It sounds like a nightmare almost too potent for Halloween, made all the worse because it's true: A Virginia woman was strangled to death by her pet python Tuesday after trying to administer medication. The 13-foot beast was a reticulated python from Southeast Asia, famed for being the longest species of snake in the world.
The husband of the victim, 25-year-old Amanda Ruth Black, found her lying on the floor late Tuesday night in front of a large, empty snake cage in an upstairs bedroom of their home, police spokesman Adam Bernstein said.
Animal-control officers found the snake, a reticulated python with tiger-stripe markings, in the room. The snake was "extremely agitated and required the force of two animal-control officers to restrain it," Bernstein said.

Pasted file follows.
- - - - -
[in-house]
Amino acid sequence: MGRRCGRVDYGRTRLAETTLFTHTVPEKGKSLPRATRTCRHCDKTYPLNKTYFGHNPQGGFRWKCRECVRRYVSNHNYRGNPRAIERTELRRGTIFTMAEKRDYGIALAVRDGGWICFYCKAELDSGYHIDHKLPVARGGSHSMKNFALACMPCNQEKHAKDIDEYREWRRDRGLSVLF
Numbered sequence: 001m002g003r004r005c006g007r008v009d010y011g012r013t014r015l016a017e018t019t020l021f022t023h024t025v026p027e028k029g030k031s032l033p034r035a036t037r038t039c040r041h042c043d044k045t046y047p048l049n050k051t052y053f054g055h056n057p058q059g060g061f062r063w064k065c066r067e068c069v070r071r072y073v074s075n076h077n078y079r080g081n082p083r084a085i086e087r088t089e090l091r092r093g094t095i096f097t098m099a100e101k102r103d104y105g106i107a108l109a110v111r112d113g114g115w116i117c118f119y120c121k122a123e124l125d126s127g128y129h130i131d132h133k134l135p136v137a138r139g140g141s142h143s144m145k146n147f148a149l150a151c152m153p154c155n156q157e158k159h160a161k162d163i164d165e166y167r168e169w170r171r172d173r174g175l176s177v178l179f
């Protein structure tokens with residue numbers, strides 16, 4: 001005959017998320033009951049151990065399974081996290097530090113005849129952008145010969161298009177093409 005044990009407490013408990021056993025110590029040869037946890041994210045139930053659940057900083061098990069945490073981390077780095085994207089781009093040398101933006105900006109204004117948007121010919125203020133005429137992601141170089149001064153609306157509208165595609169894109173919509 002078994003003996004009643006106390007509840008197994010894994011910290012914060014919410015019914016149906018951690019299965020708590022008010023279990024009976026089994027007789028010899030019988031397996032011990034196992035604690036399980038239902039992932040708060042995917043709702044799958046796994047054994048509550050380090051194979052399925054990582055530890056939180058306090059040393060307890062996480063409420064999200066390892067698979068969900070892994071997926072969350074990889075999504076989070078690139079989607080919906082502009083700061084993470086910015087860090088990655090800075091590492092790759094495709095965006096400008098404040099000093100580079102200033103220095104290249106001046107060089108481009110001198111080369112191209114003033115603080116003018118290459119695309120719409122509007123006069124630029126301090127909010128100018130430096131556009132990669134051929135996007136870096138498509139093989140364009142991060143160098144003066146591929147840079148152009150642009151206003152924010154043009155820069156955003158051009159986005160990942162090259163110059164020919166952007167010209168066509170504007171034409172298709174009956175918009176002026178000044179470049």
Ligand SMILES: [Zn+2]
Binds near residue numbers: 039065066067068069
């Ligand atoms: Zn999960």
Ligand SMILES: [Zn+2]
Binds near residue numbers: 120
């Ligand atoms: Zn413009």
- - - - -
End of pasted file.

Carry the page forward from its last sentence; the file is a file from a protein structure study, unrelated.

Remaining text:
The python is being held at animal control facilities near Virginia Beach. There is no law in the area against keeping giant snakes, and while owner fatalities do occur, they are rare. Experts say a large python can exert a phenomenal amount of pressure during constriction—about seven or eight pounds per square inch.
Most fatalities from pet constrictors are accidents: Either the animal smells a food offering and mistakenly bites and wraps itself around the owner, or it feels threatened and lashes out.
To read more about all the terrifying creatures mother nature has to offer, check out BACKPACKER's Terror Index.
Pet python apparently strangles Va. woman: She was trying to give medicine to 13-footer at Va. Beach home (Richmond Times-Dispatch)